Active Directory Password Encryption

Searching for Active Directory and password encryption I found a very interesting statement regarding encryption settings at rest:

With Windows Server 2016 TP4 the RC4 encryption has been replaced with AES encryption (AES256 in CBC with IV and zero padding).

Within the Active Directory database NTDS.DIT we have encrypted fields protected against offline data extraction:

  • Password Encryption Key (ntds.dit field ATTk590689, attribute pekList)
  • LM Hash (field ATTk589879, attribute dBCSPwd)
  • LM Hash History (field ATTk589984)
  • NT Hash (field ATTk589914, attribute unicodePwd)
  • NT Hash History (field ATTk589918)
  • Supplemental Credentials (field ATTr589949, attribute supplementalCredentials)

While the LM hash has been disabled with Windows Server 2008, the NT hash is still a MD4 hash of the password (and the key for Kerberos RC4_HMAC_MD5). AES keys and other password hash formats are stored as „KeyPackages“ in the supplementalCredentials attribute. Michael Grafnetter analyzed the supplementalCredentials with his great DSInternals tool and posted some examples on TechNet:

  • DES_CBC_MD5 – Salted with user logon name and hashed 4096 times using MD5. Used for Kerberos authentication.
  • AES256_CTS_HMAC_SHA1_96, AES128_CTS_HMAC_SHA1_96 – Used for Kerberos authentication since Windows Server 2008. Salted with user logon name and hashed 4096 times using HMAC-SHA1.
  • 29 MD5 hashes, each using a different combination of login and domain name. Used for WDigest authentication
  • Reversibly encrypted cleartext password – Disabled by default. Required by MS-CHAPv1 RADIUS authentication.

According to Csaba Barta there are 3 layers of encryption:

  • Password Encryption Key (PEK) encryption with RC4
  • Hash encryption with DES
  • Hash encryption with RC4

The PEK or Password Encryption Key is used to encrypt data stored in NTDS.DIT. This key is the same across the whole domain, which means that it is the same on all the domain controllers. The PEK itself is also stored in the NTDS.DIT in an encrypted form. The PEK is encrypted with the BOOTKEY which is different on all domain controllers (and in fact on all computers in the domain).

Csaba Barta’s code example shows that the PEK is encrypted using RC4 with the MD5 hash of the bootkey as key. But a post by GuyTe on http://www.activedir.org says that in case of Windows Server 2016 the pekList is encrypted using AES.

GuyTe describes the new encryption process of hashes as followed:

  1. Each hash is encrypted using DES, while the RID of the security principal is used as salt for the encryption function (SystemFunction026 in AdvApi32.dll). The result is a partially encrypted hash. In the case of password history attributes, the partially encrypted hashes are concatenated into a single blob.
  2. The resultant blob is encrypted:
    • Pre-W2K16. In this case RC4 is used
      • Generate random salt of 16 bytes
      • RC4key = MD5(Pek, random salt)
      • EncryptUsingRC4(partially encrypted blob, rc4key) (SystemFunction033 in AdvApi32.dll)
    • W2K16 uses AES
      • Generate random salt of 16 bytes
      • EncryptWithAES, while the salt is used as IV (initialization vector) and PEK as the encryption key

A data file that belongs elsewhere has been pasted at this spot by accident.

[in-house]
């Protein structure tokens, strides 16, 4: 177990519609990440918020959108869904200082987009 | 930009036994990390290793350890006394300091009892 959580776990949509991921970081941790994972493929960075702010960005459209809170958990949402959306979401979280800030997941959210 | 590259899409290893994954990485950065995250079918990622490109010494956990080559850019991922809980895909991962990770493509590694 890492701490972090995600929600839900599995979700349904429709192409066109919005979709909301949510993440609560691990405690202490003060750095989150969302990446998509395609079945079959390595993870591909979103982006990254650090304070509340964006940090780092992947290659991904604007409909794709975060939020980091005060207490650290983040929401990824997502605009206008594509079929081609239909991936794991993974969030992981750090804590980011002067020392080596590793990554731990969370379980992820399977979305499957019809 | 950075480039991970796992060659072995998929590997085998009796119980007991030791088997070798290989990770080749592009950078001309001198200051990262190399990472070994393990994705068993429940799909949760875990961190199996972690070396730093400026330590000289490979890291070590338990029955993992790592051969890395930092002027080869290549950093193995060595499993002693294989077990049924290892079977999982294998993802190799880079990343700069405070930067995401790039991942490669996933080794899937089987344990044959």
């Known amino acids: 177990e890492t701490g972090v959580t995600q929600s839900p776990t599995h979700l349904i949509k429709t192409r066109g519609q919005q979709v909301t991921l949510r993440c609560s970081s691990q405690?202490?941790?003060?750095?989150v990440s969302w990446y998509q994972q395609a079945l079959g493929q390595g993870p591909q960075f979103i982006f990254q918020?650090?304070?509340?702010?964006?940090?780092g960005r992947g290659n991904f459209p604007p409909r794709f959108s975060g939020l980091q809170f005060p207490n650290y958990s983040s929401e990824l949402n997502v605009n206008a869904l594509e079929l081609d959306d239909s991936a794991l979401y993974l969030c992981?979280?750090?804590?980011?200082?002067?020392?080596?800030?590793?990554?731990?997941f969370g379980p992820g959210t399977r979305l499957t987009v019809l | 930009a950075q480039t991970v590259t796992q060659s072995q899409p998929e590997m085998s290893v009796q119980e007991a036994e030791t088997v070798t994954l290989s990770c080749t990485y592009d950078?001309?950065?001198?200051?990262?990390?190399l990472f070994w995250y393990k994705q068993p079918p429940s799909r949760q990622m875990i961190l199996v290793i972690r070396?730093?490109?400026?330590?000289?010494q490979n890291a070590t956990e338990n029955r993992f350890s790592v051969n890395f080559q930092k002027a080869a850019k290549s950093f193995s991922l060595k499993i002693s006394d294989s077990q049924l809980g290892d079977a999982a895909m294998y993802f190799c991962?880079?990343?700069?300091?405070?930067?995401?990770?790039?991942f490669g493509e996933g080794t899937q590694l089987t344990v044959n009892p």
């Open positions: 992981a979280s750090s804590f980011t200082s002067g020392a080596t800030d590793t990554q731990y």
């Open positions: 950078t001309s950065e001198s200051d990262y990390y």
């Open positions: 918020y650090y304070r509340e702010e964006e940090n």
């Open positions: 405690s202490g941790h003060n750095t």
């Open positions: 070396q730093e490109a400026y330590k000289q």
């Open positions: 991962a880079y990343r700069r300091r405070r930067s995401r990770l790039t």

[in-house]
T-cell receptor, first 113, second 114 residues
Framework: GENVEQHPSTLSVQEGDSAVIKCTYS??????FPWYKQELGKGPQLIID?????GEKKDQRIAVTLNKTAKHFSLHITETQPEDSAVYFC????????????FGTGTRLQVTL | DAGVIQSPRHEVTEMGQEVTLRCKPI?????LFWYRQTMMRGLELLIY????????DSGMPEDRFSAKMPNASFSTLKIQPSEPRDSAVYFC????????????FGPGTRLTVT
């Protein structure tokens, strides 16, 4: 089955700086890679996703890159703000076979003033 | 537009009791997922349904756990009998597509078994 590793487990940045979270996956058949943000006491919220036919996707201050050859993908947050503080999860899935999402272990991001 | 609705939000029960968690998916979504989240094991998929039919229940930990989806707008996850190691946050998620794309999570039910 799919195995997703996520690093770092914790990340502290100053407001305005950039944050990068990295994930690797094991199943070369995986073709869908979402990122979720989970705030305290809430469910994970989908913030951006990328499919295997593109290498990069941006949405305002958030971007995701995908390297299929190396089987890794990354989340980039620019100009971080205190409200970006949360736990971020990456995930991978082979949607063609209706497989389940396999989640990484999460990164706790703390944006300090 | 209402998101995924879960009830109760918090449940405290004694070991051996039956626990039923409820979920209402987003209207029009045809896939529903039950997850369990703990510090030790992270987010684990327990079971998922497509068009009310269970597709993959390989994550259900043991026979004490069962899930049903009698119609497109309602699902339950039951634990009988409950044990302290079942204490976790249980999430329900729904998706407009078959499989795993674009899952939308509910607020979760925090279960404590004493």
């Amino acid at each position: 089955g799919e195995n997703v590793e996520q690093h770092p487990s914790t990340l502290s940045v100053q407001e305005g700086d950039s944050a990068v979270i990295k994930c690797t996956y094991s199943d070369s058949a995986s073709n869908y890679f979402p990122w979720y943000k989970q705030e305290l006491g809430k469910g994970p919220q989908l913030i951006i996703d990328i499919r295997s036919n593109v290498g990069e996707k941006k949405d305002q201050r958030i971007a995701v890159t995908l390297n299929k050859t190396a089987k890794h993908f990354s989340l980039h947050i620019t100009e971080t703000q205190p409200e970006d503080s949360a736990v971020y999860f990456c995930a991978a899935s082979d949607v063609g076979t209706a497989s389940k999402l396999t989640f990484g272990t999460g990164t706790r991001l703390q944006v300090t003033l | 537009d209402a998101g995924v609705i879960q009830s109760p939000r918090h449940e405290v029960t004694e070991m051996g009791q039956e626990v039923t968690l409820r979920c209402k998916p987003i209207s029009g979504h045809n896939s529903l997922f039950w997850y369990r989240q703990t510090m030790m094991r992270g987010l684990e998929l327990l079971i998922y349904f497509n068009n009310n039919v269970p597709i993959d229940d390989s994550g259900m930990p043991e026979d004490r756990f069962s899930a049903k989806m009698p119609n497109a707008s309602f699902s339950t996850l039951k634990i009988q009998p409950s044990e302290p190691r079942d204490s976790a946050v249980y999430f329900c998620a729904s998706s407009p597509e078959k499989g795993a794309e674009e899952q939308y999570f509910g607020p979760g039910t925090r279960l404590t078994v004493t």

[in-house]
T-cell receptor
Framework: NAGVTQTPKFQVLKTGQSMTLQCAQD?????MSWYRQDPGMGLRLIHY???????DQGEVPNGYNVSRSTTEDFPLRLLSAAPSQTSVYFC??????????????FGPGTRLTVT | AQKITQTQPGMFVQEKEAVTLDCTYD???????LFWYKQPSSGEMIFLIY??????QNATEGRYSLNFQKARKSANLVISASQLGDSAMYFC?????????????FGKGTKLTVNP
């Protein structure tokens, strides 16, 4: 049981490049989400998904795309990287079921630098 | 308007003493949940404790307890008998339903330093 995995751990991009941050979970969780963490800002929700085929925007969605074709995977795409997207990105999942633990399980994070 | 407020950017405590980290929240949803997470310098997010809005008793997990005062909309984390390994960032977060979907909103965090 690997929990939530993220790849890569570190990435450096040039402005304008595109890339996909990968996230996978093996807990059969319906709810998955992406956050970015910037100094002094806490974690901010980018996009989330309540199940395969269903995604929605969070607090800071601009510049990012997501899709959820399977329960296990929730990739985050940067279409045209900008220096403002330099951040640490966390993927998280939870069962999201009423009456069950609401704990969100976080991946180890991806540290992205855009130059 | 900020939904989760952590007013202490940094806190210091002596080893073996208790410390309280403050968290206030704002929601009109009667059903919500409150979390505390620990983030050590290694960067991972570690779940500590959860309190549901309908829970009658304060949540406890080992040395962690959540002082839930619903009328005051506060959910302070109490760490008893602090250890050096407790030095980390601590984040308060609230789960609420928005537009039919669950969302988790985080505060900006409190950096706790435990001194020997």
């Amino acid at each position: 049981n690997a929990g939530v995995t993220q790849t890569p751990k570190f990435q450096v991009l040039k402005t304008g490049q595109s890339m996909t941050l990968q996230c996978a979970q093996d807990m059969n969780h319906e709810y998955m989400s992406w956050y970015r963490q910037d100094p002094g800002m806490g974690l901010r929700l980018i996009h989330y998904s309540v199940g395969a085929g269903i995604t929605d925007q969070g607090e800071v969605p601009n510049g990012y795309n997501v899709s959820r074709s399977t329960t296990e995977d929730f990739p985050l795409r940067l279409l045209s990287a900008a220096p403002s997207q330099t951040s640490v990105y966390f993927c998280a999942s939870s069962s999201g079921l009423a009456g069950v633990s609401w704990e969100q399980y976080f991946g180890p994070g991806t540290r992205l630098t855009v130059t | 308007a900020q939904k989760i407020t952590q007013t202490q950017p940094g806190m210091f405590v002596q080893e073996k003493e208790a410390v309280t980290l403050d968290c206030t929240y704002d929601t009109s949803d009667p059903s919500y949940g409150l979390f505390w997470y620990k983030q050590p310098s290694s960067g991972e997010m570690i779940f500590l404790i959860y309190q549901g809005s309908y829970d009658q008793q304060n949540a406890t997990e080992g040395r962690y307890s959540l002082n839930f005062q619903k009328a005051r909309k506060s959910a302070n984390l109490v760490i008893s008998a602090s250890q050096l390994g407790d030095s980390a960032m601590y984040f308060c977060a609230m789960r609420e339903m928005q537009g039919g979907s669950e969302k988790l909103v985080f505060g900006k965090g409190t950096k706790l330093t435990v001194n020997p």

SystemFunction026 = RtlEncryptDES2blocks1DWORD
SystemFunction033 = RtlEncryptDecryptRC4

Another blog post from the Industrial Security Research Group by tijl also states that Microsoft decided to remove RC4 encryption in favor of AES encryption (AES-128-CBC with an IV) for NTLM hashes with Windows 10 Anniversary Update (10.0.14393 or v1607).

I haven’t found any official document for this new way of encryption. If it’s true, a password change will not only remove RC4 but also MD5 for data at rest. When it comes to Kerberos you still have to disable RC4 for your domain but this is another story.

 

Microsoft Open Specifications (2019): [MS-SAMR]: supplementalCredentials (https://docs.microsoft.com/en-us/openspecs/windows_protocols/ms-samr/0705f888-62e1-4a4c-bac0-b4d427f396f8)

Michael Grafnetter (20.10.2015): Dumping the contents of ntds.dit files using PowerShell (https://www.dsinternals.com/en/dumping-ntds-dit-files-using-powershell/)

Michael Grafnetter (25.10.2015): Forum FAQ: How is user password of user objects stored in Active Directory? Can I view it? Can I modify it? (https://social.technet.microsoft.com/Forums/windowsserver/en-US/034a0e33-a8ab-474e-ba6c-3371724d0be1/forum-faq-how-is-user-password-of-user-objects-stored-in-active-directory-can-i-view-it-can-i?forum=winserverDS)

Microsoft Open Specifications (2019): Active Directory Schema Attributes (https://docs.microsoft.com/de-de/openspecs/windows_protocols/ms-winprotlp/e36c976a-6263-42a8-b119-7a3cc41ddd2a)

Csaba Barta (07.2011): Active Directory Offline Hash Dump and Forensic Analysis (https://www.exploit-db.com/docs/english/18244-active-domain-offline-hash-dump-&-forensic-analysis.pdf)

GuyTe (23.10.2017): http://www.activedir.org/thread/active-directory-password-storage-specifics/?order=all#comment-fe7d8c6f-4cdb-4c82-9f1c-a8150007e7c9

Christoffer Andersson (2014): https://social.technet.microsoft.com/Forums/ie/en-US/161b6f2d-1eff-4ec0-b98d-6a518bbc32e8/how-users-password-is-hashed-and-checked?forum=winserverDS

gentilkiwi (05.09.2013): Croyptographie rapide sous Windows (http://blog.gentilkiwi.com/cryptographie/api-systemfunction-windows)

gdedrouas (2014): GitHub AD-permissions / esent_dump (https://github.com/ANSSI-FR/AD-permissions/tree/master/esent_dump)

Industrial Security Research Group (2018): Retrieving NTLM Hashes and what changed in Windows 10 (http://www.insecurity.be/blog/2018/01/21/retrieving-ntlm-hashes-and-what-changed-technical-writeup/)

Sean Metcalf (03.01.2016): How Attackers Dump Active Directory Database Credentials (https://adsecurity.org/?p=2398)

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